Dance Evaluation: Cori Olinghouse at Danspace Task

December 14th, 2013

Brian Harkin for The New York Times

Cori Olinghouse Ms. Olinghouse, remaining, channeling Buster Keaton, and Michelle Dorrance in “Ghost lines” at Danspace Task.

What happens when amusement gets combined up with experimentation? The choreographer and dancer Cori Olinghouse is haunted by the link among vaudeville and the Dada and Surrealism actions — so much so that she designed a couple of ghosts.

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In her most recent function, carried out at Danspace Project on Thursday, Ms. Olinghouse explores the romantic relationship in between genres with “Ghost line,” a sixteen-millimeter black-and-white film, and “Ghost traces,” a dance. In the movie, a collaboration with the filmmaker Shona Masarin, a very clear inspiration is “Ballet M?chanique,” the beautiful Dadaist submit-Cubist artwork movie by L?ger. In “Ghost line,” the camera closes in on Ms. Olinghouse’s encounter and torso and then pulls back, swallowing the graphic with it.

The timing and designs of bodies and shapes — growing, shrinking and receding — lend “Ghost line” a kaleidoscopic sensation. The waifish Ms. Olinghouse bounces from one character to the following: she’s a clown, Buster Keaton, a statue. She draws strains in the air with her fingers, which manifest into swirling strains on display sooner or later her image floats, like an eerie ghost, in front of a series of vibrating summary lines and designs.

In the stay overall performance, a collection of solos done simultaneously, Ms. Olinghouse is joined by Eva Schmidt, whose shadowy figure also appeared in the movie. Her whole body, such as her face, is protected in black, rendering her two-dimensional her puff-sleeved best by Andrew Jordan is a sculptural ponder, as are all his costumes in this show.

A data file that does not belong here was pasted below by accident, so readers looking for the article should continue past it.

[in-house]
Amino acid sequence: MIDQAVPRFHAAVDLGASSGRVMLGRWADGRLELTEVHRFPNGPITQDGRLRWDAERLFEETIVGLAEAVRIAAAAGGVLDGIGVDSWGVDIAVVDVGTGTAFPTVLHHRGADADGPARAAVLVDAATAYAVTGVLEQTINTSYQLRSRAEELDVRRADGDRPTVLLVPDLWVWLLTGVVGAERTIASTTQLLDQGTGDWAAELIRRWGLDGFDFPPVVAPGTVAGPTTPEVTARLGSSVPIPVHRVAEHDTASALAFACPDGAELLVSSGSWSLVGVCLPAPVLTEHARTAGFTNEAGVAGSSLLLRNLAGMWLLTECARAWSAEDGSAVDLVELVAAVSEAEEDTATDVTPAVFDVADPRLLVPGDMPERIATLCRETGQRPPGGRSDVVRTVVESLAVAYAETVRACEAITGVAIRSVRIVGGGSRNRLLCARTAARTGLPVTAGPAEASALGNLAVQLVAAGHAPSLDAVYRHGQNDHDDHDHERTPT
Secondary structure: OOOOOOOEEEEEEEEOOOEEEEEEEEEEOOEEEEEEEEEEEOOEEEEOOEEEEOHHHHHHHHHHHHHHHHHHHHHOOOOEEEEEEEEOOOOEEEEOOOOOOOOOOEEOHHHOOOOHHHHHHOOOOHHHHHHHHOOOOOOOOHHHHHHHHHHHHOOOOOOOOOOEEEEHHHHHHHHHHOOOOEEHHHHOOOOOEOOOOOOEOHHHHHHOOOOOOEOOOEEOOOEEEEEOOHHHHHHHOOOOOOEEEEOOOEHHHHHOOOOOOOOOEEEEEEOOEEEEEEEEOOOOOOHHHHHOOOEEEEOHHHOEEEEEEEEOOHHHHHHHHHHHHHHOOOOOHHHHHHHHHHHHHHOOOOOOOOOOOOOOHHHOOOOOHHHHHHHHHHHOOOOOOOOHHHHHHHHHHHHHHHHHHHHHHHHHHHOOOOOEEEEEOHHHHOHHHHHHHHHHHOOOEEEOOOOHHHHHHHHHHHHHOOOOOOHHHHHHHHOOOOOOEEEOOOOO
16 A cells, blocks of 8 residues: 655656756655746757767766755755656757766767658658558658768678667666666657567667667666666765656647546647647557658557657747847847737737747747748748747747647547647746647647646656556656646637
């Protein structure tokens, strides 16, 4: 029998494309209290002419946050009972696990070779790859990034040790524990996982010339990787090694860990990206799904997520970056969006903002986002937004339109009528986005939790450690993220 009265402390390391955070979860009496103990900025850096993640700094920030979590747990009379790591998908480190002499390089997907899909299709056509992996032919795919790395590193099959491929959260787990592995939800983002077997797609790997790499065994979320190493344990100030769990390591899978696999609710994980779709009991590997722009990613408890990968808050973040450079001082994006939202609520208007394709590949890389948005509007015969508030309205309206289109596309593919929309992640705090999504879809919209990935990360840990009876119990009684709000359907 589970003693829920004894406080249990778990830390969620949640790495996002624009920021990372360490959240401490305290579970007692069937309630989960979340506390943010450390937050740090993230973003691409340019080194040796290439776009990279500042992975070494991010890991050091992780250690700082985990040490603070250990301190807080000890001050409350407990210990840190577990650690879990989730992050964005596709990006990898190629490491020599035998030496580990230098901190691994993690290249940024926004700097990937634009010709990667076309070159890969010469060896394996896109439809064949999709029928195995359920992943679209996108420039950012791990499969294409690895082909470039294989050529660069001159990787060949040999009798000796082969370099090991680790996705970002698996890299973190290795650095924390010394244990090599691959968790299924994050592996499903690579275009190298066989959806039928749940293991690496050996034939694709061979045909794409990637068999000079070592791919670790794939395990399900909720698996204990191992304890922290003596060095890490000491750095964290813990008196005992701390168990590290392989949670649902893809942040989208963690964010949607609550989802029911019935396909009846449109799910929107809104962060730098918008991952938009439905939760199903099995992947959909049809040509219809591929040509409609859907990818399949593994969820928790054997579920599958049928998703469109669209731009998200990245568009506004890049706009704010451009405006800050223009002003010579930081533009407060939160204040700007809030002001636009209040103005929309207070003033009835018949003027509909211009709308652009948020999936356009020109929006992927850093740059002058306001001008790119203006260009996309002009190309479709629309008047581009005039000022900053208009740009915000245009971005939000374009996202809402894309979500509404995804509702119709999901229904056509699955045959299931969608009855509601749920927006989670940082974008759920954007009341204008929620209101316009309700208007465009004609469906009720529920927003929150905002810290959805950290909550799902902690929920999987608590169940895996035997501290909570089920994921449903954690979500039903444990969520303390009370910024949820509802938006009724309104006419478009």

Elizabeth Eager, with vaudevillian exaggeration, performs a soft-shoe regimen with a feather contact, while Michelle Dorrance pushes backward in silky skater strokes and, afterwards, calls on all of her gangly magnificence in a reconstruction of Hal Le Roy’s eccentric faucet solo from “The High College Hoofer.” She reappears in head-to-toe black as a shadow dancer, knotting and untangling her toes in huge clown footwear.

But Mina Nishimura is the most recognized ghost of all. Donning a patterned clown match as if it is haute couture, she wilts with this sort of a delicate command of pathos and manage that her human body instantaneously becomes a container of a lot of pasts.

But in “Ghost lines,” the place strangeness and slapstick struggle to coexist, it steadily gets to be very clear that outside of more imaginative lighting — the blackouts, for a single, are overdone — anything is lacking. Ms. Olinghouse has the tools she demands to make her very own background.

Cori Olinghouse carries on via Saturday at Danspace Task at St. Mark’s Church, 131 East tenth Street, East Village 866-811-4111,

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